"A practice’s ability to deliver value to clients rests on the skills of its professionals, and the skill set of those professionals affects the choice of clients. In turn, the clients being served affect the development of the professionals’ skills. The strategy of a practice therefore is tightly linked to its clients and the professionals serving them. Whom a practice hires affects the clients it can serve, the clients it serves affect how the skills of its professionals evolve, how the skill set evolves affects the clients the practice can acquire in the future, and the cycle keeps repeating."
"To achieve superior performance, a practice has to manage both its capabilities and its client portfolio systematically.A useful way to examine portfolios is to determine where clients fall in the four quadrants formed by comparing the cost to serve clients (CTS) with clients’ willingness to pay (WTP)."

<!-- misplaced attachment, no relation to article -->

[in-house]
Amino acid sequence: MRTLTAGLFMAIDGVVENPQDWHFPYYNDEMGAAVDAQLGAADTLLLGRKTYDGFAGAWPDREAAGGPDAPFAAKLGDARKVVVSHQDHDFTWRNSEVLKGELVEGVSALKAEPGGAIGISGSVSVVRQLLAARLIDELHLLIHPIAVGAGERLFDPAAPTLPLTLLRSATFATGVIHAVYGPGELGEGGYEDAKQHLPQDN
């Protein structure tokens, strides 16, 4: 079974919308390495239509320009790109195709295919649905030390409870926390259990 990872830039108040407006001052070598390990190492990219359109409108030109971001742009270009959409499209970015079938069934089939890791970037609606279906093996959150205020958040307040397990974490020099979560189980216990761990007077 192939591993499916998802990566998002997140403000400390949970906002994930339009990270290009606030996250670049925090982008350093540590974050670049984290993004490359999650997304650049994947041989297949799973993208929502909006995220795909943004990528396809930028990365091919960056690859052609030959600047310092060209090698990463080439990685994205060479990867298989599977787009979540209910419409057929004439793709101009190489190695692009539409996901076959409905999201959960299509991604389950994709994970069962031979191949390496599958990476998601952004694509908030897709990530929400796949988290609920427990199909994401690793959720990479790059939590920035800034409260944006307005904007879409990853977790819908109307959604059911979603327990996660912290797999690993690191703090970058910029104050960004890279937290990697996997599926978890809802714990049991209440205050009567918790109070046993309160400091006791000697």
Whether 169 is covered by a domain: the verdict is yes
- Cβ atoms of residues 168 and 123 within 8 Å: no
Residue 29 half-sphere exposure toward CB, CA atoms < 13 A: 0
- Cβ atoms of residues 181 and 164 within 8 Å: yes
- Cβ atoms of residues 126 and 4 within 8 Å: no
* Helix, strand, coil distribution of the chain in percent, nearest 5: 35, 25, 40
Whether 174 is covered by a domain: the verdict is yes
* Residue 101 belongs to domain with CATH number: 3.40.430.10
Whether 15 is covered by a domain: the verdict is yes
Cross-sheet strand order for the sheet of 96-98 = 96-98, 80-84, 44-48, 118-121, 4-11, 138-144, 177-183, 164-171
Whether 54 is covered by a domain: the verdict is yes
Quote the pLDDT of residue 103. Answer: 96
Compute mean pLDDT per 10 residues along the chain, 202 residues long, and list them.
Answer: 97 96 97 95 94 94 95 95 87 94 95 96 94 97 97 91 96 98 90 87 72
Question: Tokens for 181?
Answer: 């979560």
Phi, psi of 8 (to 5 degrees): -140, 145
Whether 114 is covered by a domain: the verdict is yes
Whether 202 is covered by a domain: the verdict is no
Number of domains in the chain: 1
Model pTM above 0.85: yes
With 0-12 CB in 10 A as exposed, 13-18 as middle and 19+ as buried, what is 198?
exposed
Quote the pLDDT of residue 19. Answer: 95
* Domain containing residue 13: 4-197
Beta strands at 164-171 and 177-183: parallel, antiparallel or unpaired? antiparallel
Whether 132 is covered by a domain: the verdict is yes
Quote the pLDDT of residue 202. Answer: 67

"Most practices discover that their clients are spread across all four quadrants. That indicates that they have no clear strategy and are trying to be everything to everyone. This happens mainly because they can’t say no to clients. Irrational confidence about being able to turn any situation around makes it hard to pass up opportunities. And a lot of practices will undertake any task a client puts forward rather than allow a competitor to develop a relationship with it. The tendency to obsess over revenues rather than profits, moreover, fosters an “any business is good business” mentality."
Trechos retirados de "What Professional Service Firms Must Do to Thrive"